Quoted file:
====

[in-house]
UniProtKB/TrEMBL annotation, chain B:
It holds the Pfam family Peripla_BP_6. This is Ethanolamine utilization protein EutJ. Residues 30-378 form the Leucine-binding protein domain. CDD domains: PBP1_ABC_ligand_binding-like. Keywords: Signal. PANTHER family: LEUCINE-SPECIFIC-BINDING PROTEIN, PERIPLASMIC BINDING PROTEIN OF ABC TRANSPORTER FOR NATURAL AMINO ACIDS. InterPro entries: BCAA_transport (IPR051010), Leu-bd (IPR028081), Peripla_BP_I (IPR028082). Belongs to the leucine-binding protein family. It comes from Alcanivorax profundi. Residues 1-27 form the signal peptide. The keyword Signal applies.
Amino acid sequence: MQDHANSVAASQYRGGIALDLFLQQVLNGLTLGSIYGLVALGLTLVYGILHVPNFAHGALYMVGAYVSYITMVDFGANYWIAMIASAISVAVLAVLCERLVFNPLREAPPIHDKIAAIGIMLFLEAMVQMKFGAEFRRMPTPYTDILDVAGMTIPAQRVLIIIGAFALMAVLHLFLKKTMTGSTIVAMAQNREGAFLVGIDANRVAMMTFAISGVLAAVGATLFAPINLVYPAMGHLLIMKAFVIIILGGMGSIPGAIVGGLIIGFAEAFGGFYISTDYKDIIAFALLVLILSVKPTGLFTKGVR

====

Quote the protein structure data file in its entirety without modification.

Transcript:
[in-house]
UniProtKB/TrEMBL annotation, chain B:
It holds the Pfam family Peripla_BP_6. This is Ethanolamine utilization protein EutJ. Residues 30-378 form the Leucine-binding protein domain. CDD domains: PBP1_ABC_ligand_binding-like. Keywords: Signal. PANTHER family: LEUCINE-SPECIFIC-BINDING PROTEIN, PERIPLASMIC BINDING PROTEIN OF ABC TRANSPORTER FOR NATURAL AMINO ACIDS. InterPro entries: BCAA_transport (IPR051010), Leu-bd (IPR028081), Peripla_BP_I (IPR028082). Belongs to the leucine-binding protein family. It comes from Alcanivorax profundi. Residues 1-27 form the signal peptide. The keyword Signal applies.
Amino acid sequence: MQDHANSVAASQYRGGIALDLFLQQVLNGLTLGSIYGLVALGLTLVYGILHVPNFAHGALYMVGAYVSYITMVDFGANYWIAMIASAISVAVLAVLCERLVFNPLREAPPIHDKIAAIGIMLFLEAMVQMKFGAEFRRMPTPYTDILDVAGMTIPAQRVLIIIGAFALMAVLHLFLKKTMTGSTIVAMAQNREGAFLVGIDANRVAMMTFAISGVLAAVGATLFAPINLVYPAMGHLLIMKAFVIIILGGMGSIPGAIVGGLIIGFAEAFGGFYISTDYKDIIAFALLVLILSVKPTGLFTKGVR